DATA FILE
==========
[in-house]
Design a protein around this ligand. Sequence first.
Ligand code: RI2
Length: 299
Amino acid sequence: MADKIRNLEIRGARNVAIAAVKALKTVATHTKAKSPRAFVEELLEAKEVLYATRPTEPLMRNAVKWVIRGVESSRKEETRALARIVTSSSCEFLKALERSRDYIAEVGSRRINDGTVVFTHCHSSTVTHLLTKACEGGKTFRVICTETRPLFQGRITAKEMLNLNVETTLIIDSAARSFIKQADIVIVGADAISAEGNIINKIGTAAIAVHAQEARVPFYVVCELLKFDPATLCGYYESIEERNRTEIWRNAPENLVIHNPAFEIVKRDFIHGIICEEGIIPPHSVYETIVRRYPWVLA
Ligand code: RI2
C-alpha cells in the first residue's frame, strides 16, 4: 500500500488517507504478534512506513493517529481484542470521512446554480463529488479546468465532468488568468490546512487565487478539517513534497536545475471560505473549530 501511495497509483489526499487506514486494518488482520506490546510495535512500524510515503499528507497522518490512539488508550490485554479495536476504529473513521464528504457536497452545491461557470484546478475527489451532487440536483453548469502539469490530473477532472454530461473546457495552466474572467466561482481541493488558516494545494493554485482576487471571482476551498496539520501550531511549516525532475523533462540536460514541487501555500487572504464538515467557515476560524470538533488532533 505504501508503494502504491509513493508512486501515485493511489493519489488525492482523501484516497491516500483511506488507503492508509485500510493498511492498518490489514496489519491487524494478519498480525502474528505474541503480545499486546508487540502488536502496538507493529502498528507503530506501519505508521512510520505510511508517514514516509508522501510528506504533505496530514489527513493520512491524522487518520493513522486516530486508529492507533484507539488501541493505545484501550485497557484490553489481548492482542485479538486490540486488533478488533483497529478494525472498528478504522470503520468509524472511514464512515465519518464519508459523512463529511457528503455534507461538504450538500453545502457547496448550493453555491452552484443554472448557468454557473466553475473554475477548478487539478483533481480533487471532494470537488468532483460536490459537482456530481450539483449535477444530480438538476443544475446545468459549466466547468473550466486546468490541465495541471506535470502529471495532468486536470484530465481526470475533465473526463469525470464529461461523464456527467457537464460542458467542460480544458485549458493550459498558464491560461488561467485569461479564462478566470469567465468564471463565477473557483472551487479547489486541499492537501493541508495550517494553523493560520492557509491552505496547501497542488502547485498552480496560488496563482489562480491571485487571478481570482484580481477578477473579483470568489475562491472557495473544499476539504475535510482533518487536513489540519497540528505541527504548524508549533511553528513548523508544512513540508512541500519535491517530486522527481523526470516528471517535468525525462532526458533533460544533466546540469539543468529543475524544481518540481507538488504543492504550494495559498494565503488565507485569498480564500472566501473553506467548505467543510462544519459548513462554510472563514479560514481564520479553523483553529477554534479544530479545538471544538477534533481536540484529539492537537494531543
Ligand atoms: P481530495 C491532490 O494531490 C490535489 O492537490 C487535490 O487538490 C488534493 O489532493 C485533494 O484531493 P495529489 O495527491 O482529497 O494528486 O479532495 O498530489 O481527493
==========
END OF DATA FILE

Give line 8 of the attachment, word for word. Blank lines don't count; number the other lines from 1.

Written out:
Ligand atoms: P481530495 C491532490 O494531490 C490535489 O492537490 C487535490 O487538490 C488534493 O489532493 C485533494 O484531493 P495529489 O495527491 O482529497 O494528486 O479532495 O498530489 O481527493